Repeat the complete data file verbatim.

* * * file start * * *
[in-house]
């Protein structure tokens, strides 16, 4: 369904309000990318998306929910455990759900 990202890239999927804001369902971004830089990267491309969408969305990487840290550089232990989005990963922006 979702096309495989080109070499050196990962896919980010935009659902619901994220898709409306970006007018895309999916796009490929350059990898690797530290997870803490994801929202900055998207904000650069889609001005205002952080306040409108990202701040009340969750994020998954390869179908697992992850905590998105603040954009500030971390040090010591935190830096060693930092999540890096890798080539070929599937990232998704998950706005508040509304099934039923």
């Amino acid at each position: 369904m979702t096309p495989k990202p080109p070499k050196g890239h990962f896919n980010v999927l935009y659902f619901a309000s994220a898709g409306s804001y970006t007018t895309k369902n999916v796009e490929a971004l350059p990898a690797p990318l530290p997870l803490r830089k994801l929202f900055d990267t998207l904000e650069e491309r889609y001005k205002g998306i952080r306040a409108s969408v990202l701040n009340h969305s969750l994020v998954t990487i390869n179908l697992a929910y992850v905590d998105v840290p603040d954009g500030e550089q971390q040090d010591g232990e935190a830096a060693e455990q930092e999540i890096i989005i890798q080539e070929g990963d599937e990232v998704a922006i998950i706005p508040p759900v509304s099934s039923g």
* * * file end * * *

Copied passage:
[in-house]
């Protein structure tokens, strides 16, 4: 369904309000990318998306929910455990759900 990202890239999927804001369902971004830089990267491309969408969305990487840290550089232990989005990963922006 979702096309495989080109070499050196990962896919980010935009659902619901994220898709409306970006007018895309999916796009490929350059990898690797530290997870803490994801929202900055998207904000650069889609001005205002952080306040409108990202701040009340969750994020998954390869179908697992992850905590998105603040954009500030971390040090010591935190830096060693930092999540890096890798080539070929599937990232998704998950706005508040509304099934039923």
């Amino acid at each position: 369904m979702t096309p495989k990202p080109p070499k050196g890239h990962f896919n980010v999927l935009y659902f619901a309000s994220a898709g409306s804001y970006t007018t895309k369902n999916v796009e490929a971004l350059p990898a690797p990318l530290p997870l803490r830089k994801l929202f900055d990267t998207l904000e650069e491309r889609y001005k205002g998306i952080r306040a409108s969408v990202l701040n009340h969305s969750l994020v998954t990487i390869n179908l697992a929910y992850v905590d998105v840290p603040d954009g500030e550089q971390q040090d010591g232990e935190a830096a060693e455990q930092e999540i890096i989005i890798q080539e070929g990963d599937e990232v998704a922006i998950i706005p508040p759900v509304s099934s039923g």